On March 12, I attended “Pandora’s Promise” at Cal Poly — a “documentary” with panel discussion and Q&A after. I would describe the experience as more of attending a circus than a scholarly debate. This “documentary” was a thinly disguised advertisement for the nuclear power industry.
Panelist and the film’s star Michael Shellenberger was more interested in hearing himself expound his pro-nuke beliefs than in answering audience questions. The moderator (and Cal Poly engineering dean) seemed most interested in limiting audience questions and “getting us out by 10.”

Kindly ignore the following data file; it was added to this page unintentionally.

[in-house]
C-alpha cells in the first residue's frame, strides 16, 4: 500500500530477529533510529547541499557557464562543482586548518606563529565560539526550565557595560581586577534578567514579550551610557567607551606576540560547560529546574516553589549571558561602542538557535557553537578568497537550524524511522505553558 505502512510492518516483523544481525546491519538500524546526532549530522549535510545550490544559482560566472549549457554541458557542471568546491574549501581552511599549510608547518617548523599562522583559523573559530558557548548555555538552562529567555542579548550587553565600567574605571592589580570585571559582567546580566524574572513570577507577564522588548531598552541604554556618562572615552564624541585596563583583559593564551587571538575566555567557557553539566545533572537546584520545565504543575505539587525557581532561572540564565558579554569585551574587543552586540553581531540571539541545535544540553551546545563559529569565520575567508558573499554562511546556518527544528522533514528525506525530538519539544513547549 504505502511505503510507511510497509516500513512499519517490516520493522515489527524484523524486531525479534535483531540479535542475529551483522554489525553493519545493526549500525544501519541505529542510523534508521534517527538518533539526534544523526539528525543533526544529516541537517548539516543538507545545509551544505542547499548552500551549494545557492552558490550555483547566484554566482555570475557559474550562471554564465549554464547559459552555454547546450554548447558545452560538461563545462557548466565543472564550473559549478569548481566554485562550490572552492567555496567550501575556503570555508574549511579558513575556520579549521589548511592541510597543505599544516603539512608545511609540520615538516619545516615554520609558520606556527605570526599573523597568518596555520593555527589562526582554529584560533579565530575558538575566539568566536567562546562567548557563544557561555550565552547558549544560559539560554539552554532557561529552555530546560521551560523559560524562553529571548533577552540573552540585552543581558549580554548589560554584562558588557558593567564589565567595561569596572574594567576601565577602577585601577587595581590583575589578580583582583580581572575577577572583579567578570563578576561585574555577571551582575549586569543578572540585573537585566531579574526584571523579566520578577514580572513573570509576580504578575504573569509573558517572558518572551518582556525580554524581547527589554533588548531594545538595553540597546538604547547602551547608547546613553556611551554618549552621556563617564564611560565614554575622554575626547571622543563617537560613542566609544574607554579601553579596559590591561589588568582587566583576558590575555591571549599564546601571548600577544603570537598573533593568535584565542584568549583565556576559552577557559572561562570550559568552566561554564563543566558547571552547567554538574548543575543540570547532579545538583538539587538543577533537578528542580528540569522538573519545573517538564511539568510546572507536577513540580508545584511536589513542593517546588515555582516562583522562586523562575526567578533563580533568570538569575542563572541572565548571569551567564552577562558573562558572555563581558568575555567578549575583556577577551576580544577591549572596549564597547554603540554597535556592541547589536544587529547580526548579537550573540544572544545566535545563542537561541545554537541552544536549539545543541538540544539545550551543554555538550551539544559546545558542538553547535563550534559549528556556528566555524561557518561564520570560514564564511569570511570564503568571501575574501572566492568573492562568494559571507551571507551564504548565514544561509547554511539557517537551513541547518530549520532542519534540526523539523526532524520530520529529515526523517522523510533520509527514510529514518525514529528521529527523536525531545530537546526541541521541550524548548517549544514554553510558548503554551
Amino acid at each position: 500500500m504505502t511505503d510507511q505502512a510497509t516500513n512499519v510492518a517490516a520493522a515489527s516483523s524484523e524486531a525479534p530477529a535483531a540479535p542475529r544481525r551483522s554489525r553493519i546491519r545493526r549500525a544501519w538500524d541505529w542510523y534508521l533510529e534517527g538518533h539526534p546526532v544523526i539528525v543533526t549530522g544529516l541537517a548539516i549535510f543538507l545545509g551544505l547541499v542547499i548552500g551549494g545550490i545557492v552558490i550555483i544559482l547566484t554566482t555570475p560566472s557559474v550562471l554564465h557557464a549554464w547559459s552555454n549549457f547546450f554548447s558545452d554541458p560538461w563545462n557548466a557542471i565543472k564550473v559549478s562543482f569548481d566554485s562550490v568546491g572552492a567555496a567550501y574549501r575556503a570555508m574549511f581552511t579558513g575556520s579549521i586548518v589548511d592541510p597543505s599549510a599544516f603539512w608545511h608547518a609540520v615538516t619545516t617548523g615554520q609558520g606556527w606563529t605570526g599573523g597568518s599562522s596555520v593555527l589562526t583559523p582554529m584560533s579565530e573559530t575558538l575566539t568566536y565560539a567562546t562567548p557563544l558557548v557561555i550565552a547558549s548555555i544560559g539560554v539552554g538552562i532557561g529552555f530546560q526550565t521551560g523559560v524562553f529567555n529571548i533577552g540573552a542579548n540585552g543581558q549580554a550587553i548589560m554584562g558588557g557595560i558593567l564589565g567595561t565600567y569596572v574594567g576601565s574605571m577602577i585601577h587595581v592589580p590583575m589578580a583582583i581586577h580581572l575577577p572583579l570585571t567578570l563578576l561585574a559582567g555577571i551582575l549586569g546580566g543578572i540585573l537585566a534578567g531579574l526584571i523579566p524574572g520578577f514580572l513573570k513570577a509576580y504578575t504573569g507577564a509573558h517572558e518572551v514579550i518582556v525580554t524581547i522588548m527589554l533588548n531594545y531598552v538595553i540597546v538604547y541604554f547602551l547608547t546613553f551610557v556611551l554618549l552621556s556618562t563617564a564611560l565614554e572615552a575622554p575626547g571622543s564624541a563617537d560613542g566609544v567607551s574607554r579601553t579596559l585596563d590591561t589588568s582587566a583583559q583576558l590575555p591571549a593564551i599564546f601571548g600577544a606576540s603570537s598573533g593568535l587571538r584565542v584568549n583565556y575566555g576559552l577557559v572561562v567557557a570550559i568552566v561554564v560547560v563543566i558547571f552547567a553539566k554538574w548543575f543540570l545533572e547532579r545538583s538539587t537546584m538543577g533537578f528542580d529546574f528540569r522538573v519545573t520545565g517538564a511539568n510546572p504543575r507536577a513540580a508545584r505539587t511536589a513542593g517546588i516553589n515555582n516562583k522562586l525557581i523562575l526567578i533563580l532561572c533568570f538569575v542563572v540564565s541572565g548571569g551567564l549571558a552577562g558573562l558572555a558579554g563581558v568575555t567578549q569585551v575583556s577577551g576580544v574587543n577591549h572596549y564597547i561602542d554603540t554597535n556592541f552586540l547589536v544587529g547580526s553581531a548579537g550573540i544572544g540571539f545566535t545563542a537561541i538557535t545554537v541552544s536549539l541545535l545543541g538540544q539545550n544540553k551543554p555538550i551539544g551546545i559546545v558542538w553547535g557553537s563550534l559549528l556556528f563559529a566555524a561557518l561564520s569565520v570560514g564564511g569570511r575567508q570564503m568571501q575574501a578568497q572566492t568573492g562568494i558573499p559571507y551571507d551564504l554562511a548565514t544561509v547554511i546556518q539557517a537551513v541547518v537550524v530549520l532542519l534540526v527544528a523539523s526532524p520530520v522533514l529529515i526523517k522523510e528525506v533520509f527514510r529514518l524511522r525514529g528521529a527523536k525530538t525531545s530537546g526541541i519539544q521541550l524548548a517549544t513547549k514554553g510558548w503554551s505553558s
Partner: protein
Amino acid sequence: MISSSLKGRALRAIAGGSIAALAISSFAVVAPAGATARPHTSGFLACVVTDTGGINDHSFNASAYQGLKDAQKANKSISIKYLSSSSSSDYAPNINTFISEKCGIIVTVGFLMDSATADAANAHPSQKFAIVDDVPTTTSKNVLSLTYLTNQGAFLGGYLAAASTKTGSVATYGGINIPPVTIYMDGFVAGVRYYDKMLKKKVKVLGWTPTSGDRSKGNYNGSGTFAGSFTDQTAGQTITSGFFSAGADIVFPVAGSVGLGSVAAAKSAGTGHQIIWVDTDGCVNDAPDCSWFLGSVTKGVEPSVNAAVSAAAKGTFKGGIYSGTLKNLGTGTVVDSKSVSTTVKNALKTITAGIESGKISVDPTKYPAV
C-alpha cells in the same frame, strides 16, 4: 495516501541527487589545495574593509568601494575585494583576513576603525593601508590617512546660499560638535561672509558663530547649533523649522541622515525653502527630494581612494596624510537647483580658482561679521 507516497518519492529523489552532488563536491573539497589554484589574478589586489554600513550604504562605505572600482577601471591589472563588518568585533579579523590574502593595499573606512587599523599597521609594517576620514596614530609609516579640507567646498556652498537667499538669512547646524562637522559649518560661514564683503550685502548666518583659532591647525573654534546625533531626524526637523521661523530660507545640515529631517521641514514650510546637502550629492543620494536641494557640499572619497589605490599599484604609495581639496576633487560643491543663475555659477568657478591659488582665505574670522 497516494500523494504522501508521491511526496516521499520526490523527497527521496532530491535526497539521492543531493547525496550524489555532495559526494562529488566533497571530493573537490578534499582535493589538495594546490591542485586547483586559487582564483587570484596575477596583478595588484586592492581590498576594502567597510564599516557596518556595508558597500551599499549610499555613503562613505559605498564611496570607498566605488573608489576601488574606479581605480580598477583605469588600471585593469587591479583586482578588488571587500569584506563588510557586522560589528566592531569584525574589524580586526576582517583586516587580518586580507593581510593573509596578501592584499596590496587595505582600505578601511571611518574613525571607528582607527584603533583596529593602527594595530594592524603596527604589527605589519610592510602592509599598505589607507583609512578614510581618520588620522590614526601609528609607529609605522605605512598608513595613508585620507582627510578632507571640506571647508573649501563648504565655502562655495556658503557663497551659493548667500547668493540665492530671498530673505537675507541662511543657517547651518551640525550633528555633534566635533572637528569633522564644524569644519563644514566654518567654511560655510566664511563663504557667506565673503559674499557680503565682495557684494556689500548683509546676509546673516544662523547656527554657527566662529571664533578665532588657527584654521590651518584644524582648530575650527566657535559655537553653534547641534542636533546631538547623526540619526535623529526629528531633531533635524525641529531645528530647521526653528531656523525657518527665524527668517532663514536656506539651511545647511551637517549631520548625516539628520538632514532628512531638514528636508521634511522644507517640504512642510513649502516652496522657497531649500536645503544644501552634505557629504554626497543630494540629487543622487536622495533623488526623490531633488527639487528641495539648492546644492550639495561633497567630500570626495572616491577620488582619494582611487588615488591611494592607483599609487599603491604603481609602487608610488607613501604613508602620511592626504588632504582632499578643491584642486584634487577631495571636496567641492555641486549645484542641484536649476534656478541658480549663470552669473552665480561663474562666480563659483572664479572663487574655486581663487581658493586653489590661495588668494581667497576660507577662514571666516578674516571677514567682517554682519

Panelist Gordon Thompson’s responses were lackluster and uninspiring. One wonders why he agreed to be part of this event at all? My question about the future development of new fuels to replace problem fuels (oil, gas, nukes) and help reverse global warming went unanswered, like many other questions.
Were our questions not worthy of thoughtful responses? As an audience with a nuclear power plant in our backyards, we deserved more. Maybe my real question should have been: “Who paid to make ‘Pandora’s Promise’?” or “Why did Cal Poly Arts sponsor this event?”